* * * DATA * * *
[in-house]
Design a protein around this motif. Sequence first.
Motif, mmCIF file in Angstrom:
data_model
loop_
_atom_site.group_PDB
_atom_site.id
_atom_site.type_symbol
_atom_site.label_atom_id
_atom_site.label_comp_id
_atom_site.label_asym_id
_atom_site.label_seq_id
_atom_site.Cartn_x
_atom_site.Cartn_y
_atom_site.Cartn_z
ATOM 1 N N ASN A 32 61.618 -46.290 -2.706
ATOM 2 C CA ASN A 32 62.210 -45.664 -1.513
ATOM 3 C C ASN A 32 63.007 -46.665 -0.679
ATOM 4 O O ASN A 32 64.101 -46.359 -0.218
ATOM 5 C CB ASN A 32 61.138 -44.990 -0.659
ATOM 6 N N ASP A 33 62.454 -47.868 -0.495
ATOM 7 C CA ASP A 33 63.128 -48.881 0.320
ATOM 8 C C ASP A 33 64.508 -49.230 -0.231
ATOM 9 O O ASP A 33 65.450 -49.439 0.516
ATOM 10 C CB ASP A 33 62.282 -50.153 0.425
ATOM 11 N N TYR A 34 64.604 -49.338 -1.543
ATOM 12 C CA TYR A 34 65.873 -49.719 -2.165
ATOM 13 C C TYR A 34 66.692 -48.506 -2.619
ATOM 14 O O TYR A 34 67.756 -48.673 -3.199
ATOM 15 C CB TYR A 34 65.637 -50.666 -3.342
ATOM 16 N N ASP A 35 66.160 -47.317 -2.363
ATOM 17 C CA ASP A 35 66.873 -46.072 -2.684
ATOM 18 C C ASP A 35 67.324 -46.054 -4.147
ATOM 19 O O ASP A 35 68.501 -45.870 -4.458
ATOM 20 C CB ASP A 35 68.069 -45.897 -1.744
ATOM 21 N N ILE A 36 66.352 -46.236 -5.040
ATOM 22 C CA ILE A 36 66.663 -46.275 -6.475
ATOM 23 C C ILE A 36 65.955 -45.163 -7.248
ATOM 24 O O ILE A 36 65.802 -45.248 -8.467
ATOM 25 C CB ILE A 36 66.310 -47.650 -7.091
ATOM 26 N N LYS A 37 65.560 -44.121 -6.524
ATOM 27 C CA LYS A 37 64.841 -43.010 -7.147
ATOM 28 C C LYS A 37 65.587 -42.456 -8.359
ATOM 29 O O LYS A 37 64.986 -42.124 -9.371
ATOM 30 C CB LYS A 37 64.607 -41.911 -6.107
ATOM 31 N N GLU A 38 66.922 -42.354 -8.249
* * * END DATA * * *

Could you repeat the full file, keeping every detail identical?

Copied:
[in-house]
Design a protein around this motif. Sequence first.
Motif, mmCIF file in Angstrom:
data_model
loop_
_atom_site.group_PDB
_atom_site.id
_atom_site.type_symbol
_atom_site.label_atom_id
_atom_site.label_comp_id
_atom_site.label_asym_id
_atom_site.label_seq_id
_atom_site.Cartn_x
_atom_site.Cartn_y
_atom_site.Cartn_z
ATOM 1 N N ASN A 32 61.618 -46.290 -2.706
ATOM 2 C CA ASN A 32 62.210 -45.664 -1.513
ATOM 3 C C ASN A 32 63.007 -46.665 -0.679
ATOM 4 O O ASN A 32 64.101 -46.359 -0.218
ATOM 5 C CB ASN A 32 61.138 -44.990 -0.659
ATOM 6 N N ASP A 33 62.454 -47.868 -0.495
ATOM 7 C CA ASP A 33 63.128 -48.881 0.320
ATOM 8 C C ASP A 33 64.508 -49.230 -0.231
ATOM 9 O O ASP A 33 65.450 -49.439 0.516
ATOM 10 C CB ASP A 33 62.282 -50.153 0.425
ATOM 11 N N TYR A 34 64.604 -49.338 -1.543
ATOM 12 C CA TYR A 34 65.873 -49.719 -2.165
ATOM 13 C C TYR A 34 66.692 -48.506 -2.619
ATOM 14 O O TYR A 34 67.756 -48.673 -3.199
ATOM 15 C CB TYR A 34 65.637 -50.666 -3.342
ATOM 16 N N ASP A 35 66.160 -47.317 -2.363
ATOM 17 C CA ASP A 35 66.873 -46.072 -2.684
ATOM 18 C C ASP A 35 67.324 -46.054 -4.147
ATOM 19 O O ASP A 35 68.501 -45.870 -4.458
ATOM 20 C CB ASP A 35 68.069 -45.897 -1.744
ATOM 21 N N ILE A 36 66.352 -46.236 -5.040
ATOM 22 C CA ILE A 36 66.663 -46.275 -6.475
ATOM 23 C C ILE A 36 65.955 -45.163 -7.248
ATOM 24 O O ILE A 36 65.802 -45.248 -8.467
ATOM 25 C CB ILE A 36 66.310 -47.650 -7.091
ATOM 26 N N LYS A 37 65.560 -44.121 -6.524
ATOM 27 C CA LYS A 37 64.841 -43.010 -7.147
ATOM 28 C C LYS A 37 65.587 -42.456 -8.359
ATOM 29 O O LYS A 37 64.986 -42.124 -9.371
ATOM 30 C CB LYS A 37 64.607 -41.911 -6.107
ATOM 31 N N GLU A 38 66.922 -42.354 -8.249